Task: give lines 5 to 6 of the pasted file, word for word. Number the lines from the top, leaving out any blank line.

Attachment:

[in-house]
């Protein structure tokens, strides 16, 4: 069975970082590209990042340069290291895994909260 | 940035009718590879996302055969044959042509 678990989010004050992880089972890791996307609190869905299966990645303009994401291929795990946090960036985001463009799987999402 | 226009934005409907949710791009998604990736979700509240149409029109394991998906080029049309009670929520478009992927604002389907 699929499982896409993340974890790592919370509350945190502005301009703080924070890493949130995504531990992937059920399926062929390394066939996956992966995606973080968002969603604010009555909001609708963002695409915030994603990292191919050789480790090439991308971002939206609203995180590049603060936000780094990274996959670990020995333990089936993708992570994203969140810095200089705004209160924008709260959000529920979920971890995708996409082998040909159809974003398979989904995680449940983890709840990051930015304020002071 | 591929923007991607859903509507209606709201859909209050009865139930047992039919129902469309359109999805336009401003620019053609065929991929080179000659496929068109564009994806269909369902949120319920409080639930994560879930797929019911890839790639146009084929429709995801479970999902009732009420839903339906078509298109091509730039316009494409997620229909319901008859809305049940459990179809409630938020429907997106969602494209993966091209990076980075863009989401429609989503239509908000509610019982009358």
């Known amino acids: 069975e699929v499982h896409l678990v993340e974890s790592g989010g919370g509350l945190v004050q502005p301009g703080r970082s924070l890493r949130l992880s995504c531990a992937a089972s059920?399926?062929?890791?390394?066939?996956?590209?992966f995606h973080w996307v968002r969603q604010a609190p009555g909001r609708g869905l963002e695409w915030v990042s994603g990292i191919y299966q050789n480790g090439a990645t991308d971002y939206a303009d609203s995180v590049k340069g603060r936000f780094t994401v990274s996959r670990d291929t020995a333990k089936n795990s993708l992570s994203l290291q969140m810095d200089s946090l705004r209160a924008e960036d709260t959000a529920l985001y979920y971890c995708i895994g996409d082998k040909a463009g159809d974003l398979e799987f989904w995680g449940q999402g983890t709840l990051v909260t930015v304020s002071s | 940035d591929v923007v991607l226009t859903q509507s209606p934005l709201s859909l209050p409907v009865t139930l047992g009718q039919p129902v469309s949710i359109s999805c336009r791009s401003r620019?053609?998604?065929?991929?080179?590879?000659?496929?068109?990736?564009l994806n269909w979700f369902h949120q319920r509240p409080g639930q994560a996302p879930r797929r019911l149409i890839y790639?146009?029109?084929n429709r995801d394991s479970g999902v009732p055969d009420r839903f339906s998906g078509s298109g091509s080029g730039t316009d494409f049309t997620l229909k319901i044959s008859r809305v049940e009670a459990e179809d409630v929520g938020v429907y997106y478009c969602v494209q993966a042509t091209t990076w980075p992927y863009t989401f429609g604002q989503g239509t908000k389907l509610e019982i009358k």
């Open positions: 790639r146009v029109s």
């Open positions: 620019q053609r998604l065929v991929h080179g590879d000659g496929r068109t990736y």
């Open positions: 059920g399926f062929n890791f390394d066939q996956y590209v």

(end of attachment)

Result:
């Open positions: 620019q053609r998604l065929v991929h080179g590879d000659g496929r068109t990736y």
């Open positions: 059920g399926f062929n890791f390394d066939q996956y590209v």